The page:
Cooperation between EU institutions and regional and local authorities is key to fight Euroscepticism, Romanian Prime Minister Viorica Dăncilă said on Wednesday (6 February) while addressing the European Committee of the Regions.
“We are going through a time where we need to pull our efforts in order to show European citizens how many benefits the European project has on its daily lives,” said the Prime Minister of Romania, who already holds the rotating presidency of the EU.
In times where citizens concerns towards the EU are on the rise, “we need to show together and right now that the EU has still the capacity to move forward to get concrete results for its citizens,” she stressed.
Fighting Euroscepticism requires a much more democratic and participative Europe, the prime minister said, “local and regional communities and authorities can play a very important part here.”
To prevent undemocratic forces from winning the next European elections in May, “European policies need to be as close to the citizens as possible,” Dăncilă stressed. “This is the path we need to take if we want to outnumber those who do not want to obey by democratic rules,” she said.
Bringing EU policies closer to citizens will necessarily help to decentralise the decision-making process, she argued, and therefore a “true link between local and regional authorities and the EU institutions” is needed.
“The fact that you are here today shows that the capitals are more and more aware of the need to work together,” the president of the CoR, Karl-Heinz Lambertz, told her. “Now cities and regions need to be heard.”
One of the most concrete results of Euroscepticism is Brexit. As the time for the UK to leave the EU approaches, Europeans must get ready for the aftermath. “We have to map this future together,” Dăncilă said.
Cohesion as the key priority
The motto of the Romanian presidency is ‘Cohesion, a European value’, “which reflects how important is going back to the EU fundamentals by relying on cohesion,” Dăncilă said.
As reducing development gaps across the EU is one of the main priorities of the presidency, members of the CoR praised Romania’s commitment to preserving the EU Cohesion policy, the most localised European tool for economic convergence.
“The future of the Cohesion policy is of high importance on our agenda, without it, the local and regional discrepancies would have been even bigger,” Dăncilă said.
The EU, she argued, “needs a strong cohesion policy as its main investment strategy.”
“It is not possible to have a true European Union without a solid Cohesion policy,” Lambertz agreed.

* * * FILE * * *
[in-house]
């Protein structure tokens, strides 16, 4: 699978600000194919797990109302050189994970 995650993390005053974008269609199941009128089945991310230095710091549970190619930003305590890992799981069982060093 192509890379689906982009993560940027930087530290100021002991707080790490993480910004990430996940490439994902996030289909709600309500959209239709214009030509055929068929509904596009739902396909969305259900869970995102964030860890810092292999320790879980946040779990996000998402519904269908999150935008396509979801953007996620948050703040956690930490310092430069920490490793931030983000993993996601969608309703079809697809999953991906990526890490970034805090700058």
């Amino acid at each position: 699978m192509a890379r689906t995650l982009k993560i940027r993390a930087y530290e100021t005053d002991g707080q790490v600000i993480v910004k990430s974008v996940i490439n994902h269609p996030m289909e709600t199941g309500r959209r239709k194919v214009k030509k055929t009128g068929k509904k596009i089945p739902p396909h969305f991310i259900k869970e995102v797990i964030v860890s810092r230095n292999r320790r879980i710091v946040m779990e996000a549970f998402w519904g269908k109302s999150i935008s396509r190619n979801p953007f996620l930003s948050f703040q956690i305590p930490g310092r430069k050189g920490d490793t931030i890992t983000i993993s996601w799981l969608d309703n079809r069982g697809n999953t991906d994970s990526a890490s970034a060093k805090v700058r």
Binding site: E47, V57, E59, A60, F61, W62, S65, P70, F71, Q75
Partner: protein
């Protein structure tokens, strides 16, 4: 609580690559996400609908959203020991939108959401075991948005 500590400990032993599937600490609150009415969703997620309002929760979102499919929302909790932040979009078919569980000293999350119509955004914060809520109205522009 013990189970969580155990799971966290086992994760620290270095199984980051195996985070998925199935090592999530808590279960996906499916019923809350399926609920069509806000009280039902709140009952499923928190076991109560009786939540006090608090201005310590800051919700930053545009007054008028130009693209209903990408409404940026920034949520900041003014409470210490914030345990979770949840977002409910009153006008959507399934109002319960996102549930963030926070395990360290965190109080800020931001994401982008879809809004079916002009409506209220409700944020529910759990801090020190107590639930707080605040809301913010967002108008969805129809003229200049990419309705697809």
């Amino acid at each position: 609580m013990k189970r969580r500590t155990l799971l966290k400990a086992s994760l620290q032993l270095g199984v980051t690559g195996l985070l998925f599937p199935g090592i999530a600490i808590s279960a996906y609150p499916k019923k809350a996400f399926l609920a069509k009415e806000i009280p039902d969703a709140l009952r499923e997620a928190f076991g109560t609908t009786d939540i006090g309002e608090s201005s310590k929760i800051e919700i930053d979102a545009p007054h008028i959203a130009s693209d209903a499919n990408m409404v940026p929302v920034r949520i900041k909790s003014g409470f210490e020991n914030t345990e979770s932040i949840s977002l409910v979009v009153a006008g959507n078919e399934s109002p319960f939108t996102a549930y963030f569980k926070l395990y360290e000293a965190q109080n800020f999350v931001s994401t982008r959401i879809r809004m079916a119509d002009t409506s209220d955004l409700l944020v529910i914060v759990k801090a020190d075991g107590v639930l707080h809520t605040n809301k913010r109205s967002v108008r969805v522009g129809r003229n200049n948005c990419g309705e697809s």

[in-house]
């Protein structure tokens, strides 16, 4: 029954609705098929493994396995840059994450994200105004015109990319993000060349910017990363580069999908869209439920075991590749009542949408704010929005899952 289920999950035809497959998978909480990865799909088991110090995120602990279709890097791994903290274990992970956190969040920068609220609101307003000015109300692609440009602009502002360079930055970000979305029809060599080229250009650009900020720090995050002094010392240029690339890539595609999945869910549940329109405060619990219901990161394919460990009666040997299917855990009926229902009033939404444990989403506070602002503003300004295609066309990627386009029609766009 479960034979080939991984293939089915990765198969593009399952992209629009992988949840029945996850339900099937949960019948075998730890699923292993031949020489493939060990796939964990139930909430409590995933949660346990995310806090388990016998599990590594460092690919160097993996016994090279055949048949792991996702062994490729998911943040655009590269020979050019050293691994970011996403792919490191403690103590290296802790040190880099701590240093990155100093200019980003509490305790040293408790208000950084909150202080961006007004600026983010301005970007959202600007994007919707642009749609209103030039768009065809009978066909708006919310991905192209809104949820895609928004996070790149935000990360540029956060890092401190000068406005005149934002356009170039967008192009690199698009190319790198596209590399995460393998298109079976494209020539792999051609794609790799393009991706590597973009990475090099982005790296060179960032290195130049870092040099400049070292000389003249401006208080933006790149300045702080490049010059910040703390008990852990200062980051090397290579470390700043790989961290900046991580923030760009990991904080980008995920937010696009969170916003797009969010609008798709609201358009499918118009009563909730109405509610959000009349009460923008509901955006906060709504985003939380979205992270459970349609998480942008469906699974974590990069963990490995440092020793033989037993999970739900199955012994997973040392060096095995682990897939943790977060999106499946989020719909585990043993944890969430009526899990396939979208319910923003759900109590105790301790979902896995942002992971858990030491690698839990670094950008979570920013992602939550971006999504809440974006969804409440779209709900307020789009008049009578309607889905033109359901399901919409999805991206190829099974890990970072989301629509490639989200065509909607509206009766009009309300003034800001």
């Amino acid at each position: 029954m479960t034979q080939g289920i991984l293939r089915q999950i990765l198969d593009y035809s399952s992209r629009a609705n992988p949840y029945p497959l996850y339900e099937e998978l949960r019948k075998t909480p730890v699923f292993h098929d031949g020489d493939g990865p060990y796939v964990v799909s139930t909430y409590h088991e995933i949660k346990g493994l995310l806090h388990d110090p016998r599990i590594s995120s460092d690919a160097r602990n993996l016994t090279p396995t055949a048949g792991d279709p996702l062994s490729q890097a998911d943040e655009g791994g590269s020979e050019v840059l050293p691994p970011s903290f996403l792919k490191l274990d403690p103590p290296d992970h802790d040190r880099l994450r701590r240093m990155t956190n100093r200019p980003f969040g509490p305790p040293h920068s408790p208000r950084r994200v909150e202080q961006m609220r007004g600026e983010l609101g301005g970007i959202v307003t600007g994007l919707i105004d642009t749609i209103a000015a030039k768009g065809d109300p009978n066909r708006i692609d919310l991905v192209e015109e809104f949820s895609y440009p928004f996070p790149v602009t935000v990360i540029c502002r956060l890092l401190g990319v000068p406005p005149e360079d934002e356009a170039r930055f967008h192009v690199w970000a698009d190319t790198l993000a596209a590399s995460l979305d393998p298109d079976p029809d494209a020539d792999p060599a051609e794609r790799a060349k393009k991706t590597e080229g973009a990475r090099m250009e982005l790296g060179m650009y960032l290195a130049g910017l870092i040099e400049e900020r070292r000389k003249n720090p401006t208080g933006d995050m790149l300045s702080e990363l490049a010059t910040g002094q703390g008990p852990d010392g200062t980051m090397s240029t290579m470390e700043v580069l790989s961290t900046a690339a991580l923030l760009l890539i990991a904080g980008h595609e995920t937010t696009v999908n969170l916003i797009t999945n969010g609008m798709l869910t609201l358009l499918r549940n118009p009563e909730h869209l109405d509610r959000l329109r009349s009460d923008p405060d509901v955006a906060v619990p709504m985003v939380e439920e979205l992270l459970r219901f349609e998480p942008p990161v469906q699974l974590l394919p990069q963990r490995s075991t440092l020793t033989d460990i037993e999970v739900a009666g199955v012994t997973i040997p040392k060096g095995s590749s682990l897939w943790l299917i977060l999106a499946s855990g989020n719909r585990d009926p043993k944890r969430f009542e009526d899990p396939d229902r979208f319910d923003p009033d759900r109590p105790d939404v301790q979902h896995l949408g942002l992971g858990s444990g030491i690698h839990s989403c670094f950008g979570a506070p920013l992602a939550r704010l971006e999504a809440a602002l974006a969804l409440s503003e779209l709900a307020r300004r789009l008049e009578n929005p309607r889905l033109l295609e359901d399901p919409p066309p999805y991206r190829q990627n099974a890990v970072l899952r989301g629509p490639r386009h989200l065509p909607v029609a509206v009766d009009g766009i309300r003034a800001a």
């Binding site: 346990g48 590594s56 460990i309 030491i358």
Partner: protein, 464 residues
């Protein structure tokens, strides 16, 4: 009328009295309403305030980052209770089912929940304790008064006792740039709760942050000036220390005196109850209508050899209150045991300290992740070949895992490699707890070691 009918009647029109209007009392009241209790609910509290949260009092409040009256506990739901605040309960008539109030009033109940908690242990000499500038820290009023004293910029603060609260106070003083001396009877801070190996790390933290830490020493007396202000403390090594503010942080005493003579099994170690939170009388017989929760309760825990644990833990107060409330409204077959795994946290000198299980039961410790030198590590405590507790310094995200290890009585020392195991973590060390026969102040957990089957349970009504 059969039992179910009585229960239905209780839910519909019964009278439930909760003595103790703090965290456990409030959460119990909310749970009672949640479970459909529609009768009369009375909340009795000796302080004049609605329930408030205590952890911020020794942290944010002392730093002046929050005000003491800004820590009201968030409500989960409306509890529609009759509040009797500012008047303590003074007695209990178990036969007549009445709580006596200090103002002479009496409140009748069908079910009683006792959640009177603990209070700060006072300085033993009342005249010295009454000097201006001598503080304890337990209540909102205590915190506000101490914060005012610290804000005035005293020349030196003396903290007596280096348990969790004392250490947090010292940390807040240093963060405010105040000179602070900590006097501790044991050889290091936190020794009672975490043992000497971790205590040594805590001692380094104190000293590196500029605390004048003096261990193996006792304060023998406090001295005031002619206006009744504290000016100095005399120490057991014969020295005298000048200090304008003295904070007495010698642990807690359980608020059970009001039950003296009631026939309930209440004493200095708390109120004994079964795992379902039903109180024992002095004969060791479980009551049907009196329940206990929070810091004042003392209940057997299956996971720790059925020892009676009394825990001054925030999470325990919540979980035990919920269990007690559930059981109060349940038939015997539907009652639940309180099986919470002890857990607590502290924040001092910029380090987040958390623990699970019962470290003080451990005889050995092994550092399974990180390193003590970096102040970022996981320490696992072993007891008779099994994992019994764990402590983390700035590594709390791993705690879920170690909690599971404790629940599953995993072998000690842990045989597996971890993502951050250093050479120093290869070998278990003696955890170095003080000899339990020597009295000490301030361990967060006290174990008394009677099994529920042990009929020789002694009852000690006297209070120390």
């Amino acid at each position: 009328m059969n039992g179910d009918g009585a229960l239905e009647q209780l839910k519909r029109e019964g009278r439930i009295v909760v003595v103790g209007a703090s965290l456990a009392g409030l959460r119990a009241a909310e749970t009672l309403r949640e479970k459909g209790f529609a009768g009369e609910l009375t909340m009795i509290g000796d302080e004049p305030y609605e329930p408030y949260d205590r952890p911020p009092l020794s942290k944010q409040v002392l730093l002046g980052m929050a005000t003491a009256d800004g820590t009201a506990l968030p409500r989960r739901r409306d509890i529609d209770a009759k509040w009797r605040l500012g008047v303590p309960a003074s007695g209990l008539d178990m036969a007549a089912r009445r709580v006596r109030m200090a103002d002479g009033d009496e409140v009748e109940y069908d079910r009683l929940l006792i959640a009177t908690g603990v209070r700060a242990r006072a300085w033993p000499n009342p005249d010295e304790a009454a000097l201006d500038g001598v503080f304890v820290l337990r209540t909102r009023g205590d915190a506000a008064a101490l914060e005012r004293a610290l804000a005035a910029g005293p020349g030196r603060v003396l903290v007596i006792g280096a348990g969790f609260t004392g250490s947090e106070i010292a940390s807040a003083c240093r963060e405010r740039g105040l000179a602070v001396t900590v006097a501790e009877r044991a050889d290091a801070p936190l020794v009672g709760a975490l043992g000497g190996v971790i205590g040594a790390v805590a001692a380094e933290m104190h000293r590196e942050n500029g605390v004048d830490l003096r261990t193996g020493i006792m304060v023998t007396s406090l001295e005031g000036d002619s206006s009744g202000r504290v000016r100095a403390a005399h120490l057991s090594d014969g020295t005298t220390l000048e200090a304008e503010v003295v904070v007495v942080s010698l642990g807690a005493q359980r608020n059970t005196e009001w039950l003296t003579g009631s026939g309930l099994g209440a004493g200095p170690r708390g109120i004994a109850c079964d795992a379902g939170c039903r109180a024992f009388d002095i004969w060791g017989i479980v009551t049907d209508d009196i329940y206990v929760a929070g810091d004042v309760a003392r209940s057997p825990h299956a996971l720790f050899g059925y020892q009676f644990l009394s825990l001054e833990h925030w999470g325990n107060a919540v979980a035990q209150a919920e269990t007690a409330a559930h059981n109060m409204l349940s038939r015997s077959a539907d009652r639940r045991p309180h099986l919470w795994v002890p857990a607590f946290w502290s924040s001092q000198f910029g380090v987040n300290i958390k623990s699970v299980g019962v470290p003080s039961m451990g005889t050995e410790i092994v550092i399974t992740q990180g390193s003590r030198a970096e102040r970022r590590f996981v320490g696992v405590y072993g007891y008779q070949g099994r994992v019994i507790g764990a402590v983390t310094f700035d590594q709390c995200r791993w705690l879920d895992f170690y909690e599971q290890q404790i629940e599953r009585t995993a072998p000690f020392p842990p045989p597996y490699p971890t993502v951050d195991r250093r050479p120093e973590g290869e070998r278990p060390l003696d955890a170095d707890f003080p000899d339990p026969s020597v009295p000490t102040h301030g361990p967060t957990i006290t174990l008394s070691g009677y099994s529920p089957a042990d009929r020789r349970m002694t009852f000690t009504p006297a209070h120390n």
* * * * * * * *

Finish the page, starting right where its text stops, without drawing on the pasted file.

“Cohesion policy and the Common Agriculture Policy are cornerstone policies for the EU,” the Romanian leader said.
But both policies require sufficient funding “to allow cohesion to happen between the East and West, the South and North…” because “we can not deny that Europe is divided,” she warned.
“I am glad to see that you in the CoR are in the same page on this,” Dăncilă praised, “you have not only a friend but a partner in the cohesion project.”
In order to ensure the necessary funding for those policies, the Romanian presidency is committed as well to ensuring an agreement on the EU long-term budget by autumn 2019, the prime minister said.
“Romania is prepared to keep the discussions going fast,” Dăncilă said and defended the need to ensure that there are realistic and balanced options on the table. “We shall be an impartial broker and seek consensus,” she stressed.
Rule of law
Romania took over the presidency of the EU amid concerns about the country’s rule of law and the judiciary. The European Parliament warned in November on the reform of the judicial and criminal laws, which “risks undermining the separation of powers and the fight against corruption.”
The issue was raised during the debate with the members of the Committee. Guido Wolf (EPP) reminded Dăncilă that the independence of the judiciary is key for the good functioning of democracy and urged her to ensure the respect of rule of law.
“I will say again what I have said before: in Romania, there is rule of law,” she stressed and argued that citizens’ rights and fight against corruption are a priority for her, in spite of the international concerns.
[Edited by Zoran Radosavljevic]